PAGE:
Little to celebrate on Press Freedom Day amid worsening media crackdown in Myanmar

There was little to celebrate on World Press Freedom Day in Myanmar, where the junta has jailed 135 journalists since it seized power last year and reporters routinely face harassment, arrest and even death for doing their jobs, members of the media and watchdog groups said Tuesday.

Paris-based Reporters Without Borders (RSF) said that in the 15 months since its Feb. 1, 2021, coup, the junta had “obliterated” a decade of moderate press reforms in Myanmar, prompting it to name the country the world’s fifth worst abuser of the media freedom in its annual global index.

Speaking to RFA’s Myanmar Service on Tuesday, Han Zaw of the Detained Journalists’ Information said his group had documented the arrest of 135 journalists in Myanmar since the coup, adding that nearly half of them remain in detention.

“Eighty-three of them — 13 women and 70 men — have been released so far, some on amnesty, some after completing their sentences and some after serving a short-term detention,” he said.

“More than 80 journalists have been charged. There are currently 51 detained journalists — 13 women and 38 men.”

Myanmar is recognized by the New York-based Committee to Protect Journalists as the world’s worst jailer of journalists after China. Since the coup, authorities have arrested and sentenced outspoken members of the press on vaguely worded criminal charges that include “publishing false information” and “defamation,” as well as on charges of “terrorism.”

Freelance journalist Soe Yar Zar Tun was detained on Feb. 28, 2021, while covering anti-coup protests and is being held in Yangon’s Insein Prison facing a trial for violating the country’s Anti-Terrorism Law.

His brother, Zar Ni Tun, told RFA that the junta has no right to arrest members of the media for reporting the news.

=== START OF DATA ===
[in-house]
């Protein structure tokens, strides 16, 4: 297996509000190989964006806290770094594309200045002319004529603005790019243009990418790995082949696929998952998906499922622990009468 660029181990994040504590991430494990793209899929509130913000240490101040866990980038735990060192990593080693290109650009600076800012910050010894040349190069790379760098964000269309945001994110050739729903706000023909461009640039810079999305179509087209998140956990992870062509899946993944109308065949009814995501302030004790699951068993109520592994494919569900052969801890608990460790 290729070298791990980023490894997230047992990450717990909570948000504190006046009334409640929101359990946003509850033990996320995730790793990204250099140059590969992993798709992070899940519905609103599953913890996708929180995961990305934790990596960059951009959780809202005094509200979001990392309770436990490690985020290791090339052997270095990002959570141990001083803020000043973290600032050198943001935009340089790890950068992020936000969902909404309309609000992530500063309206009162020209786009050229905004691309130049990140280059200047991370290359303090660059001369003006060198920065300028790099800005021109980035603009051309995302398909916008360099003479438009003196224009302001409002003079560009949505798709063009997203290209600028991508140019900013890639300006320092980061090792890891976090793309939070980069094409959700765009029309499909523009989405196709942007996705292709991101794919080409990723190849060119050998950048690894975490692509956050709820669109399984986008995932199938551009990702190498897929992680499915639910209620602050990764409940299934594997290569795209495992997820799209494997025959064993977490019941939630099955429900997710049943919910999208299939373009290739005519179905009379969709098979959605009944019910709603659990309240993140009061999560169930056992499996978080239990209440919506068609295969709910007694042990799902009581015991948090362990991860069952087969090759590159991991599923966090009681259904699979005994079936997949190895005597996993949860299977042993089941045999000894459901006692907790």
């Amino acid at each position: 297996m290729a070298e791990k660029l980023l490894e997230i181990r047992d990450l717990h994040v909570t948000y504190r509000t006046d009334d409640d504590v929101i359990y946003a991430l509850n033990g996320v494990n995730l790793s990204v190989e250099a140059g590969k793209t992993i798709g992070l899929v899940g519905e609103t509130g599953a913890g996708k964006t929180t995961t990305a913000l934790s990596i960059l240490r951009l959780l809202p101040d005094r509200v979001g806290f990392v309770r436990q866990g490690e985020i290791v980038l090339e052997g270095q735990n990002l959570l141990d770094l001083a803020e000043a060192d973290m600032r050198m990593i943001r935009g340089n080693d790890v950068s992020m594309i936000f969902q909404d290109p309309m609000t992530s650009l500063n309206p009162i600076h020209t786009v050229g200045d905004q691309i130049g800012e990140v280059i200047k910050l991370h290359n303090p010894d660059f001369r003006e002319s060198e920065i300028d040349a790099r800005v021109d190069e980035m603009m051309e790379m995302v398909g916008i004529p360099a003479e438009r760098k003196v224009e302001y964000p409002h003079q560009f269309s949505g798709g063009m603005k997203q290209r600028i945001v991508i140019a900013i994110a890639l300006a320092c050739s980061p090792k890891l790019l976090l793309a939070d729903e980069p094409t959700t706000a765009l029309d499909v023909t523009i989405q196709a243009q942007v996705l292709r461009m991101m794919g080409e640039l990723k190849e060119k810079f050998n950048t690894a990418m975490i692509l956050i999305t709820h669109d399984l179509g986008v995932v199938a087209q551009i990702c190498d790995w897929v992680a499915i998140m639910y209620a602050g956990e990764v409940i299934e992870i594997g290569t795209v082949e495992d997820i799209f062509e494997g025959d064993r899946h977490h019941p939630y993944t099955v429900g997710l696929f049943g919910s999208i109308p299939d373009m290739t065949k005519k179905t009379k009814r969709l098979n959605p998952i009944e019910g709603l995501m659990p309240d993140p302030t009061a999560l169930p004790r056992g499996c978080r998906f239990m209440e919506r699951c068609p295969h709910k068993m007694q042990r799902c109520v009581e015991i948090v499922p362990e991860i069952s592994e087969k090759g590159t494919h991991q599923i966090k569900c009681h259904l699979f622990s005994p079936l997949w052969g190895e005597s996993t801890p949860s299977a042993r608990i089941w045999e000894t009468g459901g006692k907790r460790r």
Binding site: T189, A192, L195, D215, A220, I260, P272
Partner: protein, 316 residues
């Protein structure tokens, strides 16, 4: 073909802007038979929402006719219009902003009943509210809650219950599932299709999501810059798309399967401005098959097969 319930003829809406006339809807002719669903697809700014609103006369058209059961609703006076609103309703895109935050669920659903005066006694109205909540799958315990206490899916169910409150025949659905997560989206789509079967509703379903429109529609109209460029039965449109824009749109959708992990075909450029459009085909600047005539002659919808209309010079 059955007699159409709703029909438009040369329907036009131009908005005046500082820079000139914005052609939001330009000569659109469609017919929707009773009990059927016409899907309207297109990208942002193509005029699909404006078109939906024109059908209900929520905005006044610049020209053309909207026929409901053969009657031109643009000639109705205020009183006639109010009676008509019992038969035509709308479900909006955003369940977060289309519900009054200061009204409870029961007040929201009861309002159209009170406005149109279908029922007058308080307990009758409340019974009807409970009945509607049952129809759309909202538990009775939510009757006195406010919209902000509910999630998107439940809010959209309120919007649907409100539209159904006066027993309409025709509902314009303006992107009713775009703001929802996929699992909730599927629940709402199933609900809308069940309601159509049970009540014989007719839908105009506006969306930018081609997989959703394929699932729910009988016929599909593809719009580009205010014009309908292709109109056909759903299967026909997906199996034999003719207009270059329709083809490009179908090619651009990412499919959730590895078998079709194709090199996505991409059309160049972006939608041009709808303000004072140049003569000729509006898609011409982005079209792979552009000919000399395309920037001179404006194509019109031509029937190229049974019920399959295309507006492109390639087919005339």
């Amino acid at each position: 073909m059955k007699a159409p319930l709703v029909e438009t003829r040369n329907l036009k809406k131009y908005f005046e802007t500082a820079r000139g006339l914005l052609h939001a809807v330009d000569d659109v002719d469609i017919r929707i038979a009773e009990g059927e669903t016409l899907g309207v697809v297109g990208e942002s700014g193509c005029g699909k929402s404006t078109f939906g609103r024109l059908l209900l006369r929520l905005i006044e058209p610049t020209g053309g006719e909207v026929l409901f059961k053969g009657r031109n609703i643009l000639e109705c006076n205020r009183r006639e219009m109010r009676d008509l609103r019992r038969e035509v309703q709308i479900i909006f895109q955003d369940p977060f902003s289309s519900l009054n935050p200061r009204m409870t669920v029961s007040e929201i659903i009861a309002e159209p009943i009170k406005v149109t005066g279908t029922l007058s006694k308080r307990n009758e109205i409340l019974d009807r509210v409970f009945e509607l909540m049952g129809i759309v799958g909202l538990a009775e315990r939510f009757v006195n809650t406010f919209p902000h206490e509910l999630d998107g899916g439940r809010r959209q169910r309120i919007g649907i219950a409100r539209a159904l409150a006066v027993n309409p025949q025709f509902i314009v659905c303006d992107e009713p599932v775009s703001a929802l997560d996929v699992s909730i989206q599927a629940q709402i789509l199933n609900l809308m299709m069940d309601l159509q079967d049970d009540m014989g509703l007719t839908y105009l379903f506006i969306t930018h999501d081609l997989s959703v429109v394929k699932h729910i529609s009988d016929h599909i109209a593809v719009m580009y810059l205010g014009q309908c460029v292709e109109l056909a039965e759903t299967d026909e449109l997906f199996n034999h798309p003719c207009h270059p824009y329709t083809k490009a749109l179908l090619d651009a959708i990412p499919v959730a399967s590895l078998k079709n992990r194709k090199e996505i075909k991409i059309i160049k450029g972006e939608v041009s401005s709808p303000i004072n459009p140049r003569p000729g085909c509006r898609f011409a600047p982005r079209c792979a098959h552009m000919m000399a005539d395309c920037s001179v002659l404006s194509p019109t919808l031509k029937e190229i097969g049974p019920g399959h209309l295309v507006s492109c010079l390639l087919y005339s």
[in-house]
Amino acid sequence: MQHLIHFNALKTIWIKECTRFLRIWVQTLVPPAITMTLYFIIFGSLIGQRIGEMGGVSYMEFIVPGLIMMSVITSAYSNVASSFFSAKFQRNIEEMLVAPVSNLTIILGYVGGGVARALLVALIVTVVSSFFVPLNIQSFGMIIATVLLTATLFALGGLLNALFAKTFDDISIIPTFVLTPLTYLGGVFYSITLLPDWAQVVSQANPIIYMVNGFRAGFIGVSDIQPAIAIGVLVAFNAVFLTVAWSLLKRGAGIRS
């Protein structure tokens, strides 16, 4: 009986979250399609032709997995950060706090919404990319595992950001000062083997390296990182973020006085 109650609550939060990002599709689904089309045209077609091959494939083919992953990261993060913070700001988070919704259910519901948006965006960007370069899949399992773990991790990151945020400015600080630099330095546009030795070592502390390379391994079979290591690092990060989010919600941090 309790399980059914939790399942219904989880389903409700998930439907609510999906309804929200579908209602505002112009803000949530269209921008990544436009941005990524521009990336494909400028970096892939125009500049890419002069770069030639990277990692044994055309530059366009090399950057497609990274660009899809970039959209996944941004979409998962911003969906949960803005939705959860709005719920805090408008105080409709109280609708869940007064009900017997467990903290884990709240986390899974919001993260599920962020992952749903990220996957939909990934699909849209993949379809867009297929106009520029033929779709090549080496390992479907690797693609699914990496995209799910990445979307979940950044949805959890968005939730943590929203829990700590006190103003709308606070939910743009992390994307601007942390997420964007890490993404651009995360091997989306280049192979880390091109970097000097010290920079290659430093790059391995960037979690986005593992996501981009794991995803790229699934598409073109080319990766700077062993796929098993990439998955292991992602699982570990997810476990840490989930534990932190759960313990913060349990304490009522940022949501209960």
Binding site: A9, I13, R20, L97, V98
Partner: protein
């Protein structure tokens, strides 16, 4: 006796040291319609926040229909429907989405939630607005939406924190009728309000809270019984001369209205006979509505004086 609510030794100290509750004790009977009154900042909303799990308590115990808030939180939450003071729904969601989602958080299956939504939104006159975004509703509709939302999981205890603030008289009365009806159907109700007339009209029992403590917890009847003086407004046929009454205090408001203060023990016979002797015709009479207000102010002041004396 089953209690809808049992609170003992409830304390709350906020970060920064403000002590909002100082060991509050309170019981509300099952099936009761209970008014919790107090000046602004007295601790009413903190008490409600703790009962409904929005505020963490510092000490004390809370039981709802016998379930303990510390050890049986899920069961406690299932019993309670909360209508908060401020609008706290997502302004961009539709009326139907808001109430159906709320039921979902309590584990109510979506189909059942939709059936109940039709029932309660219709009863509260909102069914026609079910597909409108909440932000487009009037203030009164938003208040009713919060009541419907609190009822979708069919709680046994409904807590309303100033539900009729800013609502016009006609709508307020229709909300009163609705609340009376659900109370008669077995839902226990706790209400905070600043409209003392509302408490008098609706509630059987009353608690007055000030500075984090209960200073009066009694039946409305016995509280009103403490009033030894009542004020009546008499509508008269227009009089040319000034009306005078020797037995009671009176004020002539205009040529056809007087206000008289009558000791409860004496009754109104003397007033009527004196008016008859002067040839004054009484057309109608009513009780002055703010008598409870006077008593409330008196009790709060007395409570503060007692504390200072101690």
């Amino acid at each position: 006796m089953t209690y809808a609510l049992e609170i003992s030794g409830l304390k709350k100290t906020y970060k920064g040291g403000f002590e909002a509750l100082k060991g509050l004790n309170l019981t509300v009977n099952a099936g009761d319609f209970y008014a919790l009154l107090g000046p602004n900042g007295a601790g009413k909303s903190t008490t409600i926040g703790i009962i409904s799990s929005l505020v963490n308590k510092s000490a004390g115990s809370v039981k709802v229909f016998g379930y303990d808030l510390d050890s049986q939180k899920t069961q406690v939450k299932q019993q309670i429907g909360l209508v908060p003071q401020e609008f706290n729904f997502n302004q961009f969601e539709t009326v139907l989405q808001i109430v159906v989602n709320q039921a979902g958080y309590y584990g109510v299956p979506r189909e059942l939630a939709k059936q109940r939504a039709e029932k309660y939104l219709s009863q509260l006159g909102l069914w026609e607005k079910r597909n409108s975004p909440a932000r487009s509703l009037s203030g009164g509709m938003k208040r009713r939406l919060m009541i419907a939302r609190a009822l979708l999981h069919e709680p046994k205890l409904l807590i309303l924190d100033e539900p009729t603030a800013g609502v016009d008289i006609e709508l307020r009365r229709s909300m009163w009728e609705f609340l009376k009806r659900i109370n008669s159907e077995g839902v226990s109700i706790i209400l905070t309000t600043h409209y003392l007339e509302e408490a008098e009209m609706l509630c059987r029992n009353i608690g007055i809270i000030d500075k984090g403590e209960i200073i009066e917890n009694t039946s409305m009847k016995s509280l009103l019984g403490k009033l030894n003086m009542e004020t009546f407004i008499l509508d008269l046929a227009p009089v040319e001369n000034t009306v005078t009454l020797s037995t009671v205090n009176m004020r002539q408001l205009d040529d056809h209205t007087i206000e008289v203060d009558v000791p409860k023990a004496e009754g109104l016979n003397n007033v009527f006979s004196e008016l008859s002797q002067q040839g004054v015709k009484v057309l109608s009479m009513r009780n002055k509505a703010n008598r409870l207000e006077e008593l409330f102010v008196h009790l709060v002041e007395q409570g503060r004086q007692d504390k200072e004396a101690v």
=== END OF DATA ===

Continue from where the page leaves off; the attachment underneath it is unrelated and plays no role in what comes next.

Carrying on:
“It’s completely hypocritical,” he said. “They have harassed and arrested and tortured people in the past and are still doing it.”

An editor from the Shwe Phi Myay News Agency, which is based in Shan state, said that in addition to the threat of arrest, journalists are now regularly in danger of losing their lives while doing their jobs.

“We know that once a person is arrested, it is very difficult for them to be released. At worst, they could be arrested, tortured or even killed,” he said, speaking on condition of anonymity for fear of reprisal.

“It’s not just the army in this area. There are many ethnic armed groups too. And so, we could get arrested and detained at any time and face a life-threatening situation.”

Risking death

Veteran journalist Myint Kyaw said journalists in the country now find themselves in the worst situation they have faced since the military coup.

“We had the case of the first journalist to be killed while covering an armed conflict last January,” he said, referring website editor Pu Tuidim, who was abducted by junta troops while reporting on military clashes with armed ethnic soldiers in Chin state and later shot dead by his captors.

“Armed conflicts have escalated in cities as well as in rural areas. Journalists will be killed even more, as there are now death threats to journalists and their family members. And so there might be more bad news for us.”

According to RSF, Pu Tidim was the third journalist to be killed in less than a month in Myanmar. His murder followed the Dec. 25, 2021, death of Federal News Journal editor Sai Win Aung from gunfire during a clash between the military and anti-junta People’s Defense Force (PDF) paramilitaries in Kaiyn state. Freelance photographer Soe Naing became the first journalist to die at the junta’s hands under torture on Dec. 14, four days after being arrested while covering a protest in Yangon.